No, quite honestly I have not done any kind of work in Hebrew, and I thought that the OT we have in our Bibles was translated from Hebrew, not through Greek and into English. Do have access to a septuagint and have used it some. I can comprehend Greek, but Hebrew is a completely different animal. Unfortunately, I'm at the mercy of concordances and other sources for Hebrew.
Barnsweb

Alliance, OH

#67 Jan 21, 2013
Sounds like we have similar backgrounds. I'm not famliar with reading Greek or Hebrew, but have listened to countless talks and sermons on the Greek.
New Guy

Berea, KY

#68 Jan 21, 2013
Barnsweb wrote:
Sounds like we have similar backgrounds. I'm not famliar with reading Greek or Hebrew, but have listened to countless talks and sermons on the Greek.
I've had some college level Greek classes, and still have the instruction book issued. I use an interlinear Greek keyed to the NASB. My dad has one keyed to the KJV, there are a few small differences. Mainly use it for the verb tenses, mechanics, etc. Some of the little things make a big impact in the language. I would say that Greek really isn't as difficult as it's made out to be, just don't ask me to speak it :)

I wish I knew more about Hebrew, but honestly just looking at it intimidates me. Reading it backwards, different lettering style. Hard.
Barnsweb

Alliance, OH

#69 Jan 22, 2013
I have to defer to the Aramaic and Hebrew scholars, but do want to do my best to ensure the translation I use is honest and true.
Bobby

Fort Worth, TX

#70 Jan 22, 2013
The title of this thread is "Law Vs Grace".

The law was given so that we could see the condition of our relationship with God. To be acceptable to Him, we must be perfect, holy and righteous. The law shows just how imperfect, unholy and unrighteous we really are.

All of us have become like one who is unclean, and all our righteous acts are like filthy rags, we all shrivel up like a leaf, and like the wind our sins sweep us away.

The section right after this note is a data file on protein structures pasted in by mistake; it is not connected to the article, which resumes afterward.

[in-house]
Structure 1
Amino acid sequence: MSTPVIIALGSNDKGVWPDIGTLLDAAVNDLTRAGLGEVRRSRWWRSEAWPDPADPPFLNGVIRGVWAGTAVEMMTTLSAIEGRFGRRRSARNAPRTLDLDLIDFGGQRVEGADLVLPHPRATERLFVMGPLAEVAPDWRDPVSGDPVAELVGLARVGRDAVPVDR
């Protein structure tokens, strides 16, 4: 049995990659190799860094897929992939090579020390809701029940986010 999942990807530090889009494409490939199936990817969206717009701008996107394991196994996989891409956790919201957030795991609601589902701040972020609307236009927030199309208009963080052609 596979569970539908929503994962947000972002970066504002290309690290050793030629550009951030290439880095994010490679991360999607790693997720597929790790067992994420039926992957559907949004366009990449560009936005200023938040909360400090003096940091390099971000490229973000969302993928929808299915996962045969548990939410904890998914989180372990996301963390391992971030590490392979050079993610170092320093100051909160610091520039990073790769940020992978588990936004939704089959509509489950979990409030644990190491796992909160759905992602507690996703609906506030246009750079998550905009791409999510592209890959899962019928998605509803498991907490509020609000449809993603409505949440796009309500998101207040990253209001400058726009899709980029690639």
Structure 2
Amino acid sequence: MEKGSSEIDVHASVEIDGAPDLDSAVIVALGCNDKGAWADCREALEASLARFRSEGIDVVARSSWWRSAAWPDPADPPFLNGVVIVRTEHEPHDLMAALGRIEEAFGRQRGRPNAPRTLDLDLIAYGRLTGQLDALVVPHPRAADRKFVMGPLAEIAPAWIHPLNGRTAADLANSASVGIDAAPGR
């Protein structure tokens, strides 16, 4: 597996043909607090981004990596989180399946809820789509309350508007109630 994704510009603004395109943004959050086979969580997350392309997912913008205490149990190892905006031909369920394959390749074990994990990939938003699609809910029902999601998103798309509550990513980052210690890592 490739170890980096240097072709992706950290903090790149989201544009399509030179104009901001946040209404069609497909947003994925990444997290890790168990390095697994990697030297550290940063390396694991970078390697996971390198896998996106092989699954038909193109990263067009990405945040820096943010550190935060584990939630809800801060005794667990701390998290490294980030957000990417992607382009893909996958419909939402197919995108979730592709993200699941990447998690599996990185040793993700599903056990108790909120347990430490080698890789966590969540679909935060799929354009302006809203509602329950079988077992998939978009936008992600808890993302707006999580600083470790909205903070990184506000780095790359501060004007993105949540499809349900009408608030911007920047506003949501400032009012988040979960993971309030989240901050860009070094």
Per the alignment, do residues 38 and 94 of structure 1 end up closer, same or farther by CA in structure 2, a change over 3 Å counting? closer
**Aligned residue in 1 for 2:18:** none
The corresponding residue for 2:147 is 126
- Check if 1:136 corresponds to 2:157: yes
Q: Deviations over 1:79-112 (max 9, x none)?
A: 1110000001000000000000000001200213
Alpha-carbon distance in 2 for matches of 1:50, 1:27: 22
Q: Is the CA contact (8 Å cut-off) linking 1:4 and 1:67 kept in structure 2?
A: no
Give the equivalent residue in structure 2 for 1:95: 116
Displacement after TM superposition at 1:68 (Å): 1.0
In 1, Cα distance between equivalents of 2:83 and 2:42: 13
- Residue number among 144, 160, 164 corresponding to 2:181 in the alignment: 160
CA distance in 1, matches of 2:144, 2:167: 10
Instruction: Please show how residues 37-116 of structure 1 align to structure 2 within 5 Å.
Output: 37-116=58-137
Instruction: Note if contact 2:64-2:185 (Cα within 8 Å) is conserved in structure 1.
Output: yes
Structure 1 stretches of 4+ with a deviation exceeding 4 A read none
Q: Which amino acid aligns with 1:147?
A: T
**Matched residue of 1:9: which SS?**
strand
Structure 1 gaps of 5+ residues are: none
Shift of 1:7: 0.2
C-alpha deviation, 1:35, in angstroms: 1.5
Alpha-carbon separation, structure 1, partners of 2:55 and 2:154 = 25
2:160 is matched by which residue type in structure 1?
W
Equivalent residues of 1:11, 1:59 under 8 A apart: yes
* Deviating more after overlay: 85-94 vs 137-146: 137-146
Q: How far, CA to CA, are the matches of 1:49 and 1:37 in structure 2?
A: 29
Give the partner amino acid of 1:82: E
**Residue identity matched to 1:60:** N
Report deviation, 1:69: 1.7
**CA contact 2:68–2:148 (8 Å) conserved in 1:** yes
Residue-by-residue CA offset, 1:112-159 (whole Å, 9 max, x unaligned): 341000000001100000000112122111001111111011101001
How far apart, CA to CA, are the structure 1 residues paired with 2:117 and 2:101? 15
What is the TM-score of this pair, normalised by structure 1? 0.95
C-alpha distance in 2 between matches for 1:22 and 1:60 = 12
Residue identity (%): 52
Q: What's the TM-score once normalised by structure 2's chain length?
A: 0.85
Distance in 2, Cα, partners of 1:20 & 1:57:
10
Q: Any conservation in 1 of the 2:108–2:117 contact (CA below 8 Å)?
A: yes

Following the law is not intended to make us closer to God. Rather, it's to show us just how far away we are from Him. That's why there were all those rules and rituals for offerings and sacrifices in which blood had to be shed. They demonstrated the severity of the consequences of our sins. The penalty of sin is death and nothing less.

Paul explains it this way: Now we know that whatever the law says, it says to those who are under the law, so that every mouth may be silenced and the whole world held accountable to God. Therefore no one will be declared righteous in his sight by observing the law; rather, through the law we become conscious of sin.
New Guy

Berea, KY

#71 Jan 22, 2013
Bobby wrote:
The title of this thread is "Law Vs Grace".
The law was given so that we could see the condition of our relationship with God. To be acceptable to Him, we must be perfect, holy and righteous. The law shows just how imperfect, unholy and unrighteous we really are.
All of us have become like one who is unclean, and all our righteous acts are like filthy rags, we all shrivel up like a leaf, and like the wind our sins sweep us away.
Following the law is not intended to make us closer to God. Rather, it's to show us just how far away we are from Him. That's why there were all those rules and rituals for offerings and sacrifices in which blood had to be shed. They demonstrated the severity of the consequences of our sins. The penalty of sin is death and nothing less.
Paul explains it this way: Now we know that whatever the law says, it says to those who are under the law, so that every mouth may be silenced and the whole world held accountable to God. Therefore no one will be declared righteous in his sight by observing the law; rather, through the law we become conscious of sin.
Ok. We all agree here. Carry on sir...

Since: May 10

Location hidden

#72 Jan 22, 2013
Bobby wrote:
The title of this thread is "Law Vs Grace".
The law was given so that we could see the condition of our relationship with God. To be acceptable to Him, we must be perfect, holy and righteous. The law shows just how imperfect, unholy and unrighteous we really are.
All of us have become like one who is unclean, and all our righteous acts are like filthy rags, we all shrivel up like a leaf, and like the wind our sins sweep us away.